COVID-19, Obesity, & Weight Loss

The link between obesity and COVID-19 is scary. For people who’ve struggled with their weight for years, it might be a much-needed wake-up call. They may be ready to face the issue head-on, once and for all.

So how can we help them succeed? If you’re working with a chronic dieter, chances are the scale is not a friend. Daily or even weekly weigh-ins might do more harm than good.

Yes, research shows that people who weigh themselves frequently are more successful at losing weight and keeping it off. But for some people, the number on the scale holds too much power. Whether it’s up or down, it can sabotage even the best of intentions.

Take the focus (and power) away from that daily number on the scale by looking at Body Mass Index (BMI) and waist circumference. Our BMI 101 PowerPoint lesson teaches people how to calculate their BMI, measure waist circumference, and take steps to lower both.

Here are some tips for using BMI and waist circumference to help people get to a healthy weight:

Talk to your clients about how they relate to the scale. Does seeing the number go up cause a downward spiral of self-hate and emotional eating, followed by a vow to start fresh tomorrow? Does the thrill of seeing the number go down make you think, ‘I’ve been good, so I can afford to have a little treat today’?

Calculate your BMI: use an online BMI calculator or the Body Mass Index Table.

• BMI of 25.0 to 29.9 = overweight.
• BMI of 30.0+ = obese.
• CDC warns that a BMI of 40+ puts people at higher risk for complications from COVID-19.

Measure waist circumference accurately by following instructions found here. It’s probably worth it to measure three times and take an average.

• A waist circumference of more than 40 inches for men and 35 inches for non-pregnant women increases the risk of obesity-related chronic diseases.

Set a realistic goal:

• Lowering BMI by 2-3 points is enough to improve weight-related health risks. This is equivalent to a 10% weight loss in overweight or obese individuals.
• Reducing waist circumference indicates the loss of abdominal fat, even if BMI doesn’t go down. This helps reduce your risk of heart disease.

Remind your clients to practice self-care, especially during the pandemic. Stress and poor sleep habits make it hard to lose weight, so focus on these things as you make other lifestyle changes.

Use the code MYPLATE to get 10% off plus free shipping for all items now.

\$49.00

\$19.00 \$22.00

\$19.00 \$22.00

\$16.99 \$20.00

\$30.00 \$35.00

\$19.00

\$105.00 \$125.00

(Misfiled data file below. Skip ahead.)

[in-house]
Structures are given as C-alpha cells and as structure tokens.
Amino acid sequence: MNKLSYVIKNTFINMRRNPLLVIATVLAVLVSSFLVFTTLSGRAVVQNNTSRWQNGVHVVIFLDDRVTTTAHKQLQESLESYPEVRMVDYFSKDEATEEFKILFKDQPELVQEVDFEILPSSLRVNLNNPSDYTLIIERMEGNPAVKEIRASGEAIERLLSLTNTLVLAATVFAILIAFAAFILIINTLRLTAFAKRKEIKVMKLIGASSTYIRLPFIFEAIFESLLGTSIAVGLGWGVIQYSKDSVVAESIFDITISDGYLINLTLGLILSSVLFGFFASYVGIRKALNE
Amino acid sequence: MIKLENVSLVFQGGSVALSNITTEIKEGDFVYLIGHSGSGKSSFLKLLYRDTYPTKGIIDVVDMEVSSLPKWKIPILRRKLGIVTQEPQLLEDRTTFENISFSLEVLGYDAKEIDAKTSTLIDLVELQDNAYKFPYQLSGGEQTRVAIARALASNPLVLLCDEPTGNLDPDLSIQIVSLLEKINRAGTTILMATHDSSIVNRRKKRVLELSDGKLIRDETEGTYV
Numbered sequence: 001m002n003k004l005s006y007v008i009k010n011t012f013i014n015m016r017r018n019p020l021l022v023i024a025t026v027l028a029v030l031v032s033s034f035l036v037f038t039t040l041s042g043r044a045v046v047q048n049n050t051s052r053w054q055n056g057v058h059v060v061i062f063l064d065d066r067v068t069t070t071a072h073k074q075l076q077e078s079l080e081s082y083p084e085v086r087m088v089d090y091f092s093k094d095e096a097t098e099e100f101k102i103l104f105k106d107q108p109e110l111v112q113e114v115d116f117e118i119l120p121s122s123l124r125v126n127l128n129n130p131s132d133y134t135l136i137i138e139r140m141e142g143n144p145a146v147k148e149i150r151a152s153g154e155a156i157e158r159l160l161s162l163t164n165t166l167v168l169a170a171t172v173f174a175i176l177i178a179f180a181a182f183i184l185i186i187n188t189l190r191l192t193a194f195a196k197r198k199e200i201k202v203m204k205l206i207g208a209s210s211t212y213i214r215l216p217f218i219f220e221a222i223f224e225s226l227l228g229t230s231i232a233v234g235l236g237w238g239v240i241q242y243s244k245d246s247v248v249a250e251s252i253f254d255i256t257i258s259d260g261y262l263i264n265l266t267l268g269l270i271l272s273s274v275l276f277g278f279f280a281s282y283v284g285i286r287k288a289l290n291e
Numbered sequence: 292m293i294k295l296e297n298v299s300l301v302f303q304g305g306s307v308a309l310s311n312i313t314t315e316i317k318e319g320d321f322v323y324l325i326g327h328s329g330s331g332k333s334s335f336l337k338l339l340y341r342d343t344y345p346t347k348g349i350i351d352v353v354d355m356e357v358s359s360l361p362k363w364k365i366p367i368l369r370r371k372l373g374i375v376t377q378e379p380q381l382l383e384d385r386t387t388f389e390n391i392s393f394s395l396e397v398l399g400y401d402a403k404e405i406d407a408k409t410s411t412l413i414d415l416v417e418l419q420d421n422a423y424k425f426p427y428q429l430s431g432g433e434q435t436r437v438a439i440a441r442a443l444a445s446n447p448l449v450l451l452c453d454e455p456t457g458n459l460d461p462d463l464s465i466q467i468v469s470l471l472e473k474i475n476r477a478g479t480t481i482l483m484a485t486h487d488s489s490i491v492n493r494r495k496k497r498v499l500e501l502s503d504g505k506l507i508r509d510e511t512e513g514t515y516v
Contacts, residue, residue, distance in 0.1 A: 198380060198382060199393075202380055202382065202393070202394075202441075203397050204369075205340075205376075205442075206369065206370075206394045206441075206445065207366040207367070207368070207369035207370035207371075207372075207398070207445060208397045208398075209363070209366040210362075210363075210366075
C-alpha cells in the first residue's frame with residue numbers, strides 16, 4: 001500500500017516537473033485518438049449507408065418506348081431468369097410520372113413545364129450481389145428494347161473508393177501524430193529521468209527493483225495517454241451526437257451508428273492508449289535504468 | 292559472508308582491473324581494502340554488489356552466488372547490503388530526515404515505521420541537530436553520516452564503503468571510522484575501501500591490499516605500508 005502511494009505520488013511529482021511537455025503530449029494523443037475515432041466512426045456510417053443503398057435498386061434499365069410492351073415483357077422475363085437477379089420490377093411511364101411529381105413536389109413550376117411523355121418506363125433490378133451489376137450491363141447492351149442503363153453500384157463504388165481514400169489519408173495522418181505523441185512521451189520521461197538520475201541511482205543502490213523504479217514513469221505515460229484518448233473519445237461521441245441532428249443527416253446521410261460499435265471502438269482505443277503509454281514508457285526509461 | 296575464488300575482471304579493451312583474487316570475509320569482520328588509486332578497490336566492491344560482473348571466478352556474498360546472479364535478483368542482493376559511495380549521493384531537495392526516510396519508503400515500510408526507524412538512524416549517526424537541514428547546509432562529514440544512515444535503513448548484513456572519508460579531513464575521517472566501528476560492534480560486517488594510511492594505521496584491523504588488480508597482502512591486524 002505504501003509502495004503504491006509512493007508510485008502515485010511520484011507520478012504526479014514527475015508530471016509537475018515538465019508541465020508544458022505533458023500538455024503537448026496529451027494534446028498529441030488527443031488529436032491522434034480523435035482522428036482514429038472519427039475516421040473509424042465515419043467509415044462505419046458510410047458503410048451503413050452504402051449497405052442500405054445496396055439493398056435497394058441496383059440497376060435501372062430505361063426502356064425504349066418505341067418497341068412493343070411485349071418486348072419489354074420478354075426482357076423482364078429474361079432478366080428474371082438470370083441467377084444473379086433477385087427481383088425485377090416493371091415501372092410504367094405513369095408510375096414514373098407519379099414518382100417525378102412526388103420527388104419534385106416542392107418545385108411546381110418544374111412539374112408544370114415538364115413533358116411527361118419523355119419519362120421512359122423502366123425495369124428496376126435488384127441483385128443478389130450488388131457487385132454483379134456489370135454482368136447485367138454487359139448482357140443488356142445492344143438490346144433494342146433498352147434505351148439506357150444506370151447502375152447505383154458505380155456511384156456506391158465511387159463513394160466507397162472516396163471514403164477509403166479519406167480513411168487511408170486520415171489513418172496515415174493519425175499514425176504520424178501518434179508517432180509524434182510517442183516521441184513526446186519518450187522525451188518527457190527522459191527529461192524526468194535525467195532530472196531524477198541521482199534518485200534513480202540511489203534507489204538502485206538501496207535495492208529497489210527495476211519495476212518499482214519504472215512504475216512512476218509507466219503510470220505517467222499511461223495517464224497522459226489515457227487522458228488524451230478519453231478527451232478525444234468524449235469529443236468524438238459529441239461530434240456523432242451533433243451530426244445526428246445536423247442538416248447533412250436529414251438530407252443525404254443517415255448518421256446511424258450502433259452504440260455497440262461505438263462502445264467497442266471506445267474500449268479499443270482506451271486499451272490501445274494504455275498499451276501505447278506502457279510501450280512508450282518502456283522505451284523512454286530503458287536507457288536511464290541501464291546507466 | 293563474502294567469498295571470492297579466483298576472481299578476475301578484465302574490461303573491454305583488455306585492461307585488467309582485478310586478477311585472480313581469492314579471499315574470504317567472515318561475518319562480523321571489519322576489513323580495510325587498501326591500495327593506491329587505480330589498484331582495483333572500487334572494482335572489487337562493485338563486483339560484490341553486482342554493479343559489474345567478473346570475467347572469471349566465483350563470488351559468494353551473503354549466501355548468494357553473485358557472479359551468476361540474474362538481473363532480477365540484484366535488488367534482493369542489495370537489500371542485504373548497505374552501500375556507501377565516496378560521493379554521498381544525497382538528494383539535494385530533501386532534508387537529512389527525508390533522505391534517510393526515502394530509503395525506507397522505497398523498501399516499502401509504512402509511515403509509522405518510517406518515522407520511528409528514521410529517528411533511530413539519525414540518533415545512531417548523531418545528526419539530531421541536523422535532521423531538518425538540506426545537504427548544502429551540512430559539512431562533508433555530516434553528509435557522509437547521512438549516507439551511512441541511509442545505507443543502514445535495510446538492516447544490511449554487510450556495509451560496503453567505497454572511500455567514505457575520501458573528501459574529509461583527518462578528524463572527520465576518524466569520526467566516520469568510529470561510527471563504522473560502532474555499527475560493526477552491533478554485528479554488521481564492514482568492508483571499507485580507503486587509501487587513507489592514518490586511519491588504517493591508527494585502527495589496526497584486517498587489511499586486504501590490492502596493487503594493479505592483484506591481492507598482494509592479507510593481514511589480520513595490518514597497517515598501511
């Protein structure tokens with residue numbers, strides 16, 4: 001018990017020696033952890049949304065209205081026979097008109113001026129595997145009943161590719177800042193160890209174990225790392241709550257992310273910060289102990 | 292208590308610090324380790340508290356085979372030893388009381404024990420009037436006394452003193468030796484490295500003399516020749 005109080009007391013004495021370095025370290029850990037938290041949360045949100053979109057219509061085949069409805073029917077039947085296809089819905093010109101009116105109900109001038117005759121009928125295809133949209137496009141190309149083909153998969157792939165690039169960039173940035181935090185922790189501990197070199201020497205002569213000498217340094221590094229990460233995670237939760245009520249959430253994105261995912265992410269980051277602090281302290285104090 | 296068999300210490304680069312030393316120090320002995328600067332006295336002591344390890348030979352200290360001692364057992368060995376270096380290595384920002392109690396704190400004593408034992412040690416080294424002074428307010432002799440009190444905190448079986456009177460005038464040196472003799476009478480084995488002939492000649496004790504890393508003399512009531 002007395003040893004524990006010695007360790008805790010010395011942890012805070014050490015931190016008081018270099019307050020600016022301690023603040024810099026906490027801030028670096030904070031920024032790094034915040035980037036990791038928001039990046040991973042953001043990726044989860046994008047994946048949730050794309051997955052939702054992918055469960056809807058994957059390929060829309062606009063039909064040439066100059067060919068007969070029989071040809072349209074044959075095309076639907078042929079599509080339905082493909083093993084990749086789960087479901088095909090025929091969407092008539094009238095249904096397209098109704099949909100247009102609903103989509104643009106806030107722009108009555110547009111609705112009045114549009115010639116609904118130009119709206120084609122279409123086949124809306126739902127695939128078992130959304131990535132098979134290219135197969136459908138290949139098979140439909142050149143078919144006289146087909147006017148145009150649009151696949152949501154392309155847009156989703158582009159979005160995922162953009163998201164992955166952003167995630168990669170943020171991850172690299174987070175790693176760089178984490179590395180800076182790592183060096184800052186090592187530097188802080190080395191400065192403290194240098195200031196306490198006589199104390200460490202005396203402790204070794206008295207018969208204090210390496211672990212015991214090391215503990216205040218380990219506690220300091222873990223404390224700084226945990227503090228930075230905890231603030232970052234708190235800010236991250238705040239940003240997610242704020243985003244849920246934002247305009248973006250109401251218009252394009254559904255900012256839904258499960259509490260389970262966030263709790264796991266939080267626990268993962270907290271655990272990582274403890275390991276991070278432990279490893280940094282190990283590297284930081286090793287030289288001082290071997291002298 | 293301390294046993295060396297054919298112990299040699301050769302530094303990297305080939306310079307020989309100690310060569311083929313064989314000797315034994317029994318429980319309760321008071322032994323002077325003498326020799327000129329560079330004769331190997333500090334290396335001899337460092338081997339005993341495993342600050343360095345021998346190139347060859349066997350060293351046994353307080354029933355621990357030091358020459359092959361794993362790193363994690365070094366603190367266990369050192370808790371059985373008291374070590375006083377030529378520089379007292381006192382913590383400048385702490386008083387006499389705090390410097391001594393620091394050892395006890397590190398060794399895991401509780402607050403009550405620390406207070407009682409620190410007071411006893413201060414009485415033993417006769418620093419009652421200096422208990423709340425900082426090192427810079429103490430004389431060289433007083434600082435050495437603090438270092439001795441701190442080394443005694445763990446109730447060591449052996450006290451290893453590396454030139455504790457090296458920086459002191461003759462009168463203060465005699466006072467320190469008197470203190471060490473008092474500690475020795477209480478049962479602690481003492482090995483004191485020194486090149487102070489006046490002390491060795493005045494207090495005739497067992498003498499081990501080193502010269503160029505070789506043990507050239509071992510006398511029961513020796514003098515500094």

\$19.00 \$22.00

Make the Most of Biometric Screenings

It seems like lots of companies do biometric screenings for their employees these days. It’s a great way to give people a snapshot of their health. But knowing those numbers doesn’t help if they don’t understand what they mean. We have two handouts that can help – the Biometrics Screening Tool Handout Tearpad and the Printable Biometrics Form PDF.

On one side of these handouts, there’s space to record BMI, waist circumference, hemoglobin A1C, blood glucose, blood pressure, and blood cholesterol (including total, HDL, LDL, and triglycerides). On the other side, there’s a glossary with easy-to-understand descriptions of each measurement.

Individual instructions or goals can be written in the space on the bottom left of side one. If you use the printable PDF form, you can add a logo or message before printing.

Here are 10 ideas for lessons and messages to use with the Biometrics Screening handouts:

1. A biometric screening provides a snapshot of your health. These numbers tell where you’re doing well and areas that need attention.
2. Manage these numbers by being more active, eating more lean protein, fruits, vegetables, whole grains, nuts, and seeds, and eating less high fat, high sugar processed foods.
3. If you’re missing any measurements, take the handout to your doctor and ask to have blood tests or other measurements done.
4. Calculate your BMI using the formula on the handout, or search online for “BMI calculator” and plug in your height and weight. If your BMI falls in the overweight or obesity categories, losing even a relatively small amount of weight can improve your health.
5. Waist circumference can tell you a lot, but many physicians don’t take this measurement. Use the instructions on this handout to measure your own waist circumference (or ask someone to help you). If it’s 40+ inches (for men) or 35+ inches (for for women), your risk of health problems such as type 2 diabetes, heart disease and high blood pressure increases.